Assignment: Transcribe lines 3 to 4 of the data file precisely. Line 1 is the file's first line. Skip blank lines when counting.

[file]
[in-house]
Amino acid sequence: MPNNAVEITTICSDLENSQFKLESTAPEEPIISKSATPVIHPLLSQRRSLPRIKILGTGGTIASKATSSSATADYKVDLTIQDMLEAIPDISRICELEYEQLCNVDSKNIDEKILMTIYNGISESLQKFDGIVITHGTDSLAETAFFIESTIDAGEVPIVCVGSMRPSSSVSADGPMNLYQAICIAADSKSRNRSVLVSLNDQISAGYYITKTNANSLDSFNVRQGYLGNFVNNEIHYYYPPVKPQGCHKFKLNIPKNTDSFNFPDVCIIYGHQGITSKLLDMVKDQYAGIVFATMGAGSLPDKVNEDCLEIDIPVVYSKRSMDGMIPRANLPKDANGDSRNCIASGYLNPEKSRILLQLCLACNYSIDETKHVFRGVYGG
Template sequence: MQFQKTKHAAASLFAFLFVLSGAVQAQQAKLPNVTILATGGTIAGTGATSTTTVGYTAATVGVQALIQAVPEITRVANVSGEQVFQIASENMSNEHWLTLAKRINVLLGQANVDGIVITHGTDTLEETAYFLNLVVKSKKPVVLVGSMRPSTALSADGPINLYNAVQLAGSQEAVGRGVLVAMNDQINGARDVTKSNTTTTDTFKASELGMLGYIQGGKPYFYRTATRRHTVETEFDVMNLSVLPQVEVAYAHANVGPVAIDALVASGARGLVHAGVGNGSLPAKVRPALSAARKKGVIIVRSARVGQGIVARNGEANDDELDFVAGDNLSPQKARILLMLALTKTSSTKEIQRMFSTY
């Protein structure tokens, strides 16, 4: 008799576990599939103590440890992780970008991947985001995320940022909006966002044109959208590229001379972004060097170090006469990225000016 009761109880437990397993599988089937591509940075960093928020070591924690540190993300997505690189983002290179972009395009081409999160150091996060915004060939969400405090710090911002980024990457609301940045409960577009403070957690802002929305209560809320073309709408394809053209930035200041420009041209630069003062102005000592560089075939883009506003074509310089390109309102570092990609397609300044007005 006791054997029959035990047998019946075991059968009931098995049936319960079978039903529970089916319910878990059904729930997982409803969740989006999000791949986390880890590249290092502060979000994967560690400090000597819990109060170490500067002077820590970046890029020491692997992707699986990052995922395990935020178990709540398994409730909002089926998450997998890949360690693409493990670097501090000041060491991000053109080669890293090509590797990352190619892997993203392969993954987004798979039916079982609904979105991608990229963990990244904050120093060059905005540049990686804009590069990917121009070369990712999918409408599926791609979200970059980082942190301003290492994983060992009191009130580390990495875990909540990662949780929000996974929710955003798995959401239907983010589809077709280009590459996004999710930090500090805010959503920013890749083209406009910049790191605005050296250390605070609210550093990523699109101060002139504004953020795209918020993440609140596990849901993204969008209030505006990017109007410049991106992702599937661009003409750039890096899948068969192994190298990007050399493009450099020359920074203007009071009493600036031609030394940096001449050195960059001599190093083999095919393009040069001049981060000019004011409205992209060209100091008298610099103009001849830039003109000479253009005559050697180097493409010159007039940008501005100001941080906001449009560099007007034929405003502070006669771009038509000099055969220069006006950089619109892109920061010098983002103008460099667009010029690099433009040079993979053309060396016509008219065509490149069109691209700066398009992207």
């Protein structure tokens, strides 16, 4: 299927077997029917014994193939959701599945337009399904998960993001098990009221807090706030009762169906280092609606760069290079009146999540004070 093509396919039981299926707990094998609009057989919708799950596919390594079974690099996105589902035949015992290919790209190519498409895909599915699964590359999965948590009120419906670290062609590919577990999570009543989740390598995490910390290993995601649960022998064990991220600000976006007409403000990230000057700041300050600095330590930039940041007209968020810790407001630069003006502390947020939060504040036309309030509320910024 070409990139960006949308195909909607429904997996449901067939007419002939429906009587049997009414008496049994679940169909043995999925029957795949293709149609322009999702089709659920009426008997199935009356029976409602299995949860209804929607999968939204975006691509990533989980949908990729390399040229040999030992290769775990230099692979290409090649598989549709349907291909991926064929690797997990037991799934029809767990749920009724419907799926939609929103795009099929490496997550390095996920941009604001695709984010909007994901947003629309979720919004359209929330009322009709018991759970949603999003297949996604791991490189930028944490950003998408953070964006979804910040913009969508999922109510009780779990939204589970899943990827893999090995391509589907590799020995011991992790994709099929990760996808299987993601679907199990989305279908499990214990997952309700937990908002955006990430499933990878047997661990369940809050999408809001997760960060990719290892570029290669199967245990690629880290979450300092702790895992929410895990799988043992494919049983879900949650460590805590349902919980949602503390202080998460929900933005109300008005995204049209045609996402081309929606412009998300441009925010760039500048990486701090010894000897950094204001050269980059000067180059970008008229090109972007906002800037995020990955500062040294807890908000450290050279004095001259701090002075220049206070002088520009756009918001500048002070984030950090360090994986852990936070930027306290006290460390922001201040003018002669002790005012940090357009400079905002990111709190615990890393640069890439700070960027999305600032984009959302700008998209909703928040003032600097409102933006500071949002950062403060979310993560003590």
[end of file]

Template sequence: MQFQKTKHAAASLFAFLFVLSGAVQAQQAKLPNVTILATGGTIAGTGATSTTTVGYTAATVGVQALIQAVPEITRVANVSGEQVFQIASENMSNEHWLTLAKRINVLLGQANVDGIVITHGTDTLEETAYFLNLVVKSKKPVVLVGSMRPSTALSADGPINLYNAVQLAGSQEAVGRGVLVAMNDQINGARDVTKSNTTTTDTFKASELGMLGYIQGGKPYFYRTATRRHTVETEFDVMNLSVLPQVEVAYAHANVGPVAIDALVASGARGLVHAGVGNGSLPAKVRPALSAARKKGVIIVRSARVGQGIVARNGEANDDELDFVAGDNLSPQKARILLMLALTKTSSTKEIQRMFSTY
């Protein structure tokens, strides 16, 4: 008799576990599939103590440890992780970008991947985001995320940022909006966002044109959208590229001379972004060097170090006469990225000016 009761109880437990397993599988089937591509940075960093928020070591924690540190993300997505690189983002290179972009395009081409999160150091996060915004060939969400405090710090911002980024990457609301940045409960577009403070957690802002929305209560809320073309709408394809053209930035200041420009041209630069003062102005000592560089075939883009506003074509310089390109309102570092990609397609300044007005 006791054997029959035990047998019946075991059968009931098995049936319960079978039903529970089916319910878990059904729930997982409803969740989006999000791949986390880890590249290092502060979000994967560690400090000597819990109060170490500067002077820590970046890029020491692997992707699986990052995922395990935020178990709540398994409730909002089926998450997998890949360690693409493990670097501090000041060491991000053109080669890293090509590797990352190619892997993203392969993954987004798979039916079982609904979105991608990229963990990244904050120093060059905005540049990686804009590069990917121009070369990712999918409408599926791609979200970059980082942190301003290492994983060992009191009130580390990495875990909540990662949780929000996974929710955003798995959401239907983010589809077709280009590459996004999710930090500090805010959503920013890749083209406009910049790191605005050296250390605070609210550093990523699109101060002139504004953020795209918020993440609140596990849901993204969008209030505006990017109007410049991106992702599937661009003409750039890096899948068969192994190298990007050399493009450099020359920074203007009071009493600036031609030394940096001449050195960059001599190093083999095919393009040069001049981060000019004011409205992209060209100091008298610099103009001849830039003109000479253009005559050697180097493409010159007039940008501005100001941080906001449009560099007007034929405003502070006669771009038509000099055969220069006006950089619109892109920061010098983002103008460099667009010029690099433009040079993979053309060396016509008219065509490149069109691209700066398009992207």